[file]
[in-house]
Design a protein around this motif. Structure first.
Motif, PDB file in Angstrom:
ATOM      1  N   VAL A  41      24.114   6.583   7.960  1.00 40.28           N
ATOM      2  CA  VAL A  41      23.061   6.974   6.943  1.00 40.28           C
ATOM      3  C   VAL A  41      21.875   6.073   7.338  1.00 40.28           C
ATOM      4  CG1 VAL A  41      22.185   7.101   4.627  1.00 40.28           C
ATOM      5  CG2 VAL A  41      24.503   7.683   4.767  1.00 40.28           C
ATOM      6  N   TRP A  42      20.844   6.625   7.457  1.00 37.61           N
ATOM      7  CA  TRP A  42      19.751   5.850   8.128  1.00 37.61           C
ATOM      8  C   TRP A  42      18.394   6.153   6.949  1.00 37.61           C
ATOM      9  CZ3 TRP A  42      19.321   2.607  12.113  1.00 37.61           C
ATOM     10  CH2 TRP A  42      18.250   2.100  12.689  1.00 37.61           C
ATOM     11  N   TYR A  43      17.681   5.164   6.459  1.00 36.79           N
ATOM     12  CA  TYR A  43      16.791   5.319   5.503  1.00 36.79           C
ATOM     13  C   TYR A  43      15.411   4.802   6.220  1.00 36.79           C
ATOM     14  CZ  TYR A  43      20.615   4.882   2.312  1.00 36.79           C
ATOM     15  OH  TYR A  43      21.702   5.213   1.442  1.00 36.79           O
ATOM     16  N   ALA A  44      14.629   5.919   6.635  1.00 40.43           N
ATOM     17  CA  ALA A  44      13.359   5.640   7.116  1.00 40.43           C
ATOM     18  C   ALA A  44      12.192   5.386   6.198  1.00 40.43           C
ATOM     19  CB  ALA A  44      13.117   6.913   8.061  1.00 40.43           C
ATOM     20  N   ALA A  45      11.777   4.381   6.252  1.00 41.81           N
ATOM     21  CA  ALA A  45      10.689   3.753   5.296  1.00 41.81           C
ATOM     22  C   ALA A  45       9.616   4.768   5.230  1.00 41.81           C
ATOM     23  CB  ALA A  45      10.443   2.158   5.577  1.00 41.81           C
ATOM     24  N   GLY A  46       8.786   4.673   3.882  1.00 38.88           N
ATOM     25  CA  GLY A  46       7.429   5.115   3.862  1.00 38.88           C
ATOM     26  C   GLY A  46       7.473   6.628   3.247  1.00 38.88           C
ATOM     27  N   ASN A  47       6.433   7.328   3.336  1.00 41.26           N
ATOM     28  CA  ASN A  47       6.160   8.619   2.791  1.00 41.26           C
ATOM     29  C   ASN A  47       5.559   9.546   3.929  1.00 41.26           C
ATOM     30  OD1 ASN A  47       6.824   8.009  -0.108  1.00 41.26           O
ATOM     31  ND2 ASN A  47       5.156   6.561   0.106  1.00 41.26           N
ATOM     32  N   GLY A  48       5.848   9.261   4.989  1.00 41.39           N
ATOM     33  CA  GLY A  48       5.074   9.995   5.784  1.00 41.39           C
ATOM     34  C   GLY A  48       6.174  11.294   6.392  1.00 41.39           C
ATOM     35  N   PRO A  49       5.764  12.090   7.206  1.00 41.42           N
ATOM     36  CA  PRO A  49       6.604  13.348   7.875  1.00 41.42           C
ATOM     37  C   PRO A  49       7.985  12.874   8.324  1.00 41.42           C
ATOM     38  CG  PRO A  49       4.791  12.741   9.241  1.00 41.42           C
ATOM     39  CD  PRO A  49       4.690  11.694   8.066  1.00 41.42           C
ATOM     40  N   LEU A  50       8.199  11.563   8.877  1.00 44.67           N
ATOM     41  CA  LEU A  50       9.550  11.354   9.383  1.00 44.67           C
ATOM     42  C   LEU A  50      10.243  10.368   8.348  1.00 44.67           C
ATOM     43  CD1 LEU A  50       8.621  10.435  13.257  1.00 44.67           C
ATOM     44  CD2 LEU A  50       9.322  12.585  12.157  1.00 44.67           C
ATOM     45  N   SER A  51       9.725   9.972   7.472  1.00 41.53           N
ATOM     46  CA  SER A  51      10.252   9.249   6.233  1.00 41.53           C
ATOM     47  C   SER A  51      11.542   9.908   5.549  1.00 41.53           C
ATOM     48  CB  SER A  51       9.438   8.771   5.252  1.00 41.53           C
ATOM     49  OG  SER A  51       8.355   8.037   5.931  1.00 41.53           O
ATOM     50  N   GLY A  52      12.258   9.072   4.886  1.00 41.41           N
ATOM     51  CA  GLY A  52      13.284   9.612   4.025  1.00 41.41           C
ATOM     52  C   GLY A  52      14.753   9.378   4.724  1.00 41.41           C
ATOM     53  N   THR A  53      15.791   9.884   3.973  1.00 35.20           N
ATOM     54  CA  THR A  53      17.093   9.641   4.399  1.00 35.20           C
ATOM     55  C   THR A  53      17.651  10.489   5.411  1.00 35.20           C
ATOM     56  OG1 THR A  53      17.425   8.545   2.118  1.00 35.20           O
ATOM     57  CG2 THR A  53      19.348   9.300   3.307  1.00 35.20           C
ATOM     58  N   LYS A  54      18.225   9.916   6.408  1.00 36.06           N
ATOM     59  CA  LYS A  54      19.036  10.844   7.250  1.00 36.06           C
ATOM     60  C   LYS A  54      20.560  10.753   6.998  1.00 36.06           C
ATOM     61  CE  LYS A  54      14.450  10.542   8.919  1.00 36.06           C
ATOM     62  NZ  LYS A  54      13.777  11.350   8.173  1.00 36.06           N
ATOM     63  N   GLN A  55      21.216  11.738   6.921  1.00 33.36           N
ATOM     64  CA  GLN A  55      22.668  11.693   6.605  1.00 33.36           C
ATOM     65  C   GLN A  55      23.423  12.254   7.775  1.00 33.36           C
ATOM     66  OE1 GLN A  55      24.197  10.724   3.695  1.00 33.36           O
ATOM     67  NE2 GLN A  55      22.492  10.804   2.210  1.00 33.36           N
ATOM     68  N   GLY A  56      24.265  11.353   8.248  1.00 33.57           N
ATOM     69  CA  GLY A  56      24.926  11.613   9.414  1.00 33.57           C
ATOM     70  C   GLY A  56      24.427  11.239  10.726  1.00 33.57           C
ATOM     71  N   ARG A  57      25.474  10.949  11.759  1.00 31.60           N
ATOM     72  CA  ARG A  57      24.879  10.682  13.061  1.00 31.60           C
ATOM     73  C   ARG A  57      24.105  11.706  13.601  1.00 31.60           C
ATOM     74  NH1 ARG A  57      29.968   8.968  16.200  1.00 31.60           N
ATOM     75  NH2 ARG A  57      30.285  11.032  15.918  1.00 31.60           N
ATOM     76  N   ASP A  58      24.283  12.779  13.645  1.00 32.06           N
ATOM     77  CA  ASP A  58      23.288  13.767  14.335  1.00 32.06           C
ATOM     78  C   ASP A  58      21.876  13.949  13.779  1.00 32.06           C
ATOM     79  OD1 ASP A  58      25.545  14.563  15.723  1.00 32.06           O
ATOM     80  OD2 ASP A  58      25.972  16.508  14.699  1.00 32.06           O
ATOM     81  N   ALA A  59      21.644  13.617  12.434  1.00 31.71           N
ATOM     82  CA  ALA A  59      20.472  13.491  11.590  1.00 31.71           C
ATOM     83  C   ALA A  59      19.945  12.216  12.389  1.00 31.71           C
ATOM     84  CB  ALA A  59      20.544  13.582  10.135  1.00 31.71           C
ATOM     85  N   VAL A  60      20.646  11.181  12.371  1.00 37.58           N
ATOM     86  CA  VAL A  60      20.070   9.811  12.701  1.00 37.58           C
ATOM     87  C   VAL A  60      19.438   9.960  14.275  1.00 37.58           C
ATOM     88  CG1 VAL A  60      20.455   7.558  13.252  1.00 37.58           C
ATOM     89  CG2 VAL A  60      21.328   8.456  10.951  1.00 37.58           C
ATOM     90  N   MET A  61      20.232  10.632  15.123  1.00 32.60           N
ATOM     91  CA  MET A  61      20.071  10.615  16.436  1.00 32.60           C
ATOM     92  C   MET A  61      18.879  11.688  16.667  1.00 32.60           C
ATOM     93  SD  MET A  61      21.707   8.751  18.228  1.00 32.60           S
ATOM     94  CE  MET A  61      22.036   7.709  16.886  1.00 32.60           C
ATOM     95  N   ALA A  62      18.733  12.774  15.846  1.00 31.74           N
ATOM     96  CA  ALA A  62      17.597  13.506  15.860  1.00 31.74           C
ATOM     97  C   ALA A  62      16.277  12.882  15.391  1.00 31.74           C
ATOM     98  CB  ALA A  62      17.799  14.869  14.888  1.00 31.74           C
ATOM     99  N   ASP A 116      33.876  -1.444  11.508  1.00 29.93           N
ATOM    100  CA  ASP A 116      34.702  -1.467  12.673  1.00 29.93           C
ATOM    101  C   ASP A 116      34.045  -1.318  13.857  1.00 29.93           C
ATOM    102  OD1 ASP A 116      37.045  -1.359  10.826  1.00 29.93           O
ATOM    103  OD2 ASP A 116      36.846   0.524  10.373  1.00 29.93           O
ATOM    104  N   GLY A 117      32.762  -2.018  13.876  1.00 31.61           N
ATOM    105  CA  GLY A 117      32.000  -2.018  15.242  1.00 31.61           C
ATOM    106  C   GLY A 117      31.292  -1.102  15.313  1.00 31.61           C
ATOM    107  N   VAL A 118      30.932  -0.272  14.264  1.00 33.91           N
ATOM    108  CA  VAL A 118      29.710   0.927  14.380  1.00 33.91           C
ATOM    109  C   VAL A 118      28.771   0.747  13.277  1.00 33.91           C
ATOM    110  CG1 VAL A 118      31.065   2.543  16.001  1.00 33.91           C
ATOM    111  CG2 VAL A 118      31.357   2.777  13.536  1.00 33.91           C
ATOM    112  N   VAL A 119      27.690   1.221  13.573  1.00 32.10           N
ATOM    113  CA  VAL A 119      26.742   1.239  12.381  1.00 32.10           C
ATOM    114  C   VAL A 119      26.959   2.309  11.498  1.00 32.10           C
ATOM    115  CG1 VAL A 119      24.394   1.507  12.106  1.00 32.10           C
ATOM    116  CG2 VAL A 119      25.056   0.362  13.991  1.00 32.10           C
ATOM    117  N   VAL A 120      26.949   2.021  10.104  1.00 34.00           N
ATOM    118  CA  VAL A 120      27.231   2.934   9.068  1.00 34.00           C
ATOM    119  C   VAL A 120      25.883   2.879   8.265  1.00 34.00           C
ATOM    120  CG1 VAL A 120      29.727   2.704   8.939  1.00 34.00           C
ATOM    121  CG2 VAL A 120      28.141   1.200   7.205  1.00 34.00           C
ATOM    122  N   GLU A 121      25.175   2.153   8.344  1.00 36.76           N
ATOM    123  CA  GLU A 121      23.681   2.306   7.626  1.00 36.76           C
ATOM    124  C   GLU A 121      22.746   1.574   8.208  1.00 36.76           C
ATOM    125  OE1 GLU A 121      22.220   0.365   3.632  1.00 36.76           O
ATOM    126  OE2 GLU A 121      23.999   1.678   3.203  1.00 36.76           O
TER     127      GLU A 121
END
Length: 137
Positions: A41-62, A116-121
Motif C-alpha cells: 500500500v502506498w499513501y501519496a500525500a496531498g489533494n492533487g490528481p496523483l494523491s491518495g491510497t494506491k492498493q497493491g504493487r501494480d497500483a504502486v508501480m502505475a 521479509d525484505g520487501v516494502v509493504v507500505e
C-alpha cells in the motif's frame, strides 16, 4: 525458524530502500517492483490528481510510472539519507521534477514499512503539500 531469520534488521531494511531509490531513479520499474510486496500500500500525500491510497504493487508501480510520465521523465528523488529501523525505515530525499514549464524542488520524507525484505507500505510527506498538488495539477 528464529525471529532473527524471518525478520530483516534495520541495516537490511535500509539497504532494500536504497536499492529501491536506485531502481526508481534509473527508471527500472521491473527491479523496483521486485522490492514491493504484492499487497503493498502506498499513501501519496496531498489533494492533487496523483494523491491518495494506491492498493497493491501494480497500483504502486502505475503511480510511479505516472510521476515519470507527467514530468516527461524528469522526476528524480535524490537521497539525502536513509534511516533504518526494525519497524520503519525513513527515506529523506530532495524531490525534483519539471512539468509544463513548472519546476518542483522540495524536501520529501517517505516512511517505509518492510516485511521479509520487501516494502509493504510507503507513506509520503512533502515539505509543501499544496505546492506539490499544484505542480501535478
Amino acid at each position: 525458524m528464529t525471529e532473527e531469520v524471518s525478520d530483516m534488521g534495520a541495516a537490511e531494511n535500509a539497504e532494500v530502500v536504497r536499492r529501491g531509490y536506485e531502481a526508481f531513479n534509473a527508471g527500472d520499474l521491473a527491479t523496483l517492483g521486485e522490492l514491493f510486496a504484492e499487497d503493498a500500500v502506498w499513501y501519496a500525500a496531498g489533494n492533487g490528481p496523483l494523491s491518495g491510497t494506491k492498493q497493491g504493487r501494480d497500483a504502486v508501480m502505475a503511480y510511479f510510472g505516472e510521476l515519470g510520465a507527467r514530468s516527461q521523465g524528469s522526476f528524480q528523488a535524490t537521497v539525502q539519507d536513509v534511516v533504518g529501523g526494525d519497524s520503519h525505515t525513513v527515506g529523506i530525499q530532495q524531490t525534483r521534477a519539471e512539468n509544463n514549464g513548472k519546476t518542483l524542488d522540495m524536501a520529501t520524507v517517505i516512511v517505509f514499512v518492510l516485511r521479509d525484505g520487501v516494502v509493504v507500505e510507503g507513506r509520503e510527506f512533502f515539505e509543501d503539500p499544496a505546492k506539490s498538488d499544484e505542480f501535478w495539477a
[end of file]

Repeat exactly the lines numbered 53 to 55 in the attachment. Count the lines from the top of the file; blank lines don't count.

ATOM     50  N   GLY A  52      12.258   9.072   4.886  1.00 41.41           N
ATOM     51  CA  GLY A  52      13.284   9.612   4.025  1.00 41.41           C
ATOM     52  C   GLY A  52      14.753   9.378   4.724  1.00 41.41           C